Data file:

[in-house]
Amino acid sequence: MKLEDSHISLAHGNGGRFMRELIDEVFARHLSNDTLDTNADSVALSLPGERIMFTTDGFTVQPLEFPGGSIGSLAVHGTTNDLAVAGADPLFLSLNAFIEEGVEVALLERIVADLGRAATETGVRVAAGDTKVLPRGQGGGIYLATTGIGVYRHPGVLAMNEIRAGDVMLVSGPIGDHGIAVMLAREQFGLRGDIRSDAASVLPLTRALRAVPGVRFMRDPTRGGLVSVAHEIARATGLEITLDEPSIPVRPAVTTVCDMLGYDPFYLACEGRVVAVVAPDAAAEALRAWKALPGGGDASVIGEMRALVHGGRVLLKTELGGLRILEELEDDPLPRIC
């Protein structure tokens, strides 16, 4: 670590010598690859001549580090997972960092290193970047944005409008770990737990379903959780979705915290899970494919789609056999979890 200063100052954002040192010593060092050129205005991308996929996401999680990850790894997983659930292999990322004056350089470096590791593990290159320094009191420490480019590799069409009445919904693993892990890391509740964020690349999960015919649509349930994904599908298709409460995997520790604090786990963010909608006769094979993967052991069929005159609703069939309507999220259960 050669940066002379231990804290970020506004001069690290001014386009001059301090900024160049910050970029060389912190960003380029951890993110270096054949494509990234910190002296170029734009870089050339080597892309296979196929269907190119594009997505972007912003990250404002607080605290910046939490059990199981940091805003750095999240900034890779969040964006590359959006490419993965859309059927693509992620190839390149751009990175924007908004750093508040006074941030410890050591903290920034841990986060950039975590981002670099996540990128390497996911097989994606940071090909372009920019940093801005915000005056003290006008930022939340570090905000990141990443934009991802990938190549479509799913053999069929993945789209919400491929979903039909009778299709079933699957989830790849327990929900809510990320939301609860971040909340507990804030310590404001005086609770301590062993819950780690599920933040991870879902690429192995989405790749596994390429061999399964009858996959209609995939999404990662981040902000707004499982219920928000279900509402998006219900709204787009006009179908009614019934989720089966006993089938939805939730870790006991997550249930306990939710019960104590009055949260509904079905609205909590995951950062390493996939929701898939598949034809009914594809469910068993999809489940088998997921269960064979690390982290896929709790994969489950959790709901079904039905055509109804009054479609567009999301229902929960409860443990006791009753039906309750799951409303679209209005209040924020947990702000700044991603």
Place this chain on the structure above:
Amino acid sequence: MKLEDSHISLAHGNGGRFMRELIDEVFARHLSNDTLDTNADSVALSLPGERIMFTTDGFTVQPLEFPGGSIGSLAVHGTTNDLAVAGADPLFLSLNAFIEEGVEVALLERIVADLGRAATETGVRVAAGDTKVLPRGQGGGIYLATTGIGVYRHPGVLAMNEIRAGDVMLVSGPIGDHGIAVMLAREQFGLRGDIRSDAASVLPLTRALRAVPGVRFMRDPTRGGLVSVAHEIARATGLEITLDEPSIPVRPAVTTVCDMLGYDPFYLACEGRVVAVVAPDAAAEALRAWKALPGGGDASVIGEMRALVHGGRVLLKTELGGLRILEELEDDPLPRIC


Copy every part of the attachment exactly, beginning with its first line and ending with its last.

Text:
[in-house]
Amino acid sequence: MKLEDSHISLAHGNGGRFMRELIDEVFARHLSNDTLDTNADSVALSLPGERIMFTTDGFTVQPLEFPGGSIGSLAVHGTTNDLAVAGADPLFLSLNAFIEEGVEVALLERIVADLGRAATETGVRVAAGDTKVLPRGQGGGIYLATTGIGVYRHPGVLAMNEIRAGDVMLVSGPIGDHGIAVMLAREQFGLRGDIRSDAASVLPLTRALRAVPGVRFMRDPTRGGLVSVAHEIARATGLEITLDEPSIPVRPAVTTVCDMLGYDPFYLACEGRVVAVVAPDAAAEALRAWKALPGGGDASVIGEMRALVHGGRVLLKTELGGLRILEELEDDPLPRIC
């Protein structure tokens, strides 16, 4: 670590010598690859001549580090997972960092290193970047944005409008770990737990379903959780979705915290899970494919789609056999979890 200063100052954002040192010593060092050129205005991308996929996401999680990850790894997983659930292999990322004056350089470096590791593990290159320094009191420490480019590799069409009445919904693993892990890391509740964020690349999960015919649509349930994904599908298709409460995997520790604090786990963010909608006769094979993967052991069929005159609703069939309507999220259960 050669940066002379231990804290970020506004001069690290001014386009001059301090900024160049910050970029060389912190960003380029951890993110270096054949494509990234910190002296170029734009870089050339080597892309296979196929269907190119594009997505972007912003990250404002607080605290910046939490059990199981940091805003750095999240900034890779969040964006590359959006490419993965859309059927693509992620190839390149751009990175924007908004750093508040006074941030410890050591903290920034841990986060950039975590981002670099996540990128390497996911097989994606940071090909372009920019940093801005915000005056003290006008930022939340570090905000990141990443934009991802990938190549479509799913053999069929993945789209919400491929979903039909009778299709079933699957989830790849327990929900809510990320939301609860971040909340507990804030310590404001005086609770301590062993819950780690599920933040991870879902690429192995989405790749596994390429061999399964009858996959209609995939999404990662981040902000707004499982219920928000279900509402998006219900709204787009006009179908009614019934989720089966006993089938939805939730870790006991997550249930306990939710019960104590009055949260509904079905609205909590995951950062390493996939929701898939598949034809009914594809469910068993999809489940088998997921269960064979690390982290896929709790994969489950959790709901079904039905055509109804009054479609567009999301229902929960409860443990006791009753039906309750799951409303679209209005209040924020947990702000700044991603």
Place this chain on the structure above:
Amino acid sequence: MKLEDSHISLAHGNGGRFMRELIDEVFARHLSNDTLDTNADSVALSLPGERIMFTTDGFTVQPLEFPGGSIGSLAVHGTTNDLAVAGADPLFLSLNAFIEEGVEVALLERIVADLGRAATETGVRVAAGDTKVLPRGQGGGIYLATTGIGVYRHPGVLAMNEIRAGDVMLVSGPIGDHGIAVMLAREQFGLRGDIRSDAASVLPLTRALRAVPGVRFMRDPTRGGLVSVAHEIARATGLEITLDEPSIPVRPAVTTVCDMLGYDPFYLACEGRVVAVVAPDAAAEALRAWKALPGGGDASVIGEMRALVHGGRVLLKTELGGLRILEELEDDPLPRIC